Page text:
Q&A: The Value of Metrics
Q. You say that designing a metrics program is “not about numbers.” What do you mean by that?
A. Simply counting isn’t metrics. It’s just the first step in a process of digging into the data to find the root causes and connect the dots. What is the significance of 46 background investigations processed in one month versus 37 the month before? In this simple example, there are multiple stories to be told that can contribute directly to reduced risk, efficiency, workplace safety, and opportunities for engaging internal customers. A good program can tell a story about a reduction in screening staff, for example, with relevant facts and data.
Q. What is the most important piece of advice you can offer someone who is designing a metrics program for his or her company?
A. There is a business axiom that states, “If you are not measuring, you are not managing.” Measuring how well people, processes, and programs are performing in preventing and responding to risks confronting the enterprise is the essence of putting that axiom into action. Have a clear understanding of what must be measured and then embed, validate, and maintain the processes to do it. The book contains a metrics program self-assessment to evaluate current programs. A six-step construction process for building a program follows the assessment.
Q. How important is the presentation of the data?
A. We have all seen a presentation that totally confused or failed to inform. Good metrics are reliable, actionable, and tell a story. Effectively summarize a clear, supportable conclusion. The purpose of metrics is to advise, persuade, sell, and drive action. We are in the serious business of using our knowledge to reduce and prevent risk and enable the business. When we have an opportunity to share the results of this work, we need to present it in ways that will engage the audience with verifiably reliable data that will influence action. Every company has developed a style and content format for their business metrics. Find out who is doing it well in the company and get their ideas on your presentation.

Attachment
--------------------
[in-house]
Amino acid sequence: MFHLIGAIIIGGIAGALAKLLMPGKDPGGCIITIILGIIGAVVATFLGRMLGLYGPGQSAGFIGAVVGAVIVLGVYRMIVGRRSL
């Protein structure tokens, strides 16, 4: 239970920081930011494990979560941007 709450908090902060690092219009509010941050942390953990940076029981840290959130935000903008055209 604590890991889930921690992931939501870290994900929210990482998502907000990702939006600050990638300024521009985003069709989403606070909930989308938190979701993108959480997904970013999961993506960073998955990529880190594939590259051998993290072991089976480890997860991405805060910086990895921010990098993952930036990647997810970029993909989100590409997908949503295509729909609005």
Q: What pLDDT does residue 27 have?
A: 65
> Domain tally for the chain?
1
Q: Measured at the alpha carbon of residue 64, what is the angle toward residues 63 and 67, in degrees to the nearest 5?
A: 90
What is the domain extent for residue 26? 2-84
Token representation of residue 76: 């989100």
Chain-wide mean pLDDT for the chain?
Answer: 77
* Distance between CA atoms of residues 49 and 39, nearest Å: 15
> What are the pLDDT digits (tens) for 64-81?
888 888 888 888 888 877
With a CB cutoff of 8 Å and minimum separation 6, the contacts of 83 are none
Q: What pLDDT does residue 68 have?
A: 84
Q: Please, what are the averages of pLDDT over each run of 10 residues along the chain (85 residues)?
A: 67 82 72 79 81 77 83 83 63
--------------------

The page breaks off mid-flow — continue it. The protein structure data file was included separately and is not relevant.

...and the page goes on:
Q. What business drivers are pushing the need for better metrics?
A. There are four that should be at the heart of every program. First, risks related to business operations are big variables, so being able to measure change from a desirable to an undesirable state of risk is critical. Second, from a governance perspective, the ability to measure conformance with corporate values and policy helps engage senior management. Given the global regulatory business environment, a related third is the ability to measure compliance with regulations and accepted security standards. Fourth, from a performance perspective, the ability to measure the success or failure of past and current security program investments has to be a priority. If you carefully look at the implications and reach of these drivers, they clearly link to the success of the security program.
George Campbell, Emeritus faculty member at the Security Executive Council—a consulting firm specializing in security-risk mitigation—discusses his new book, Measuring and Communicating Security’s Value, published by Elsevier and available in the ASIS Bookstore.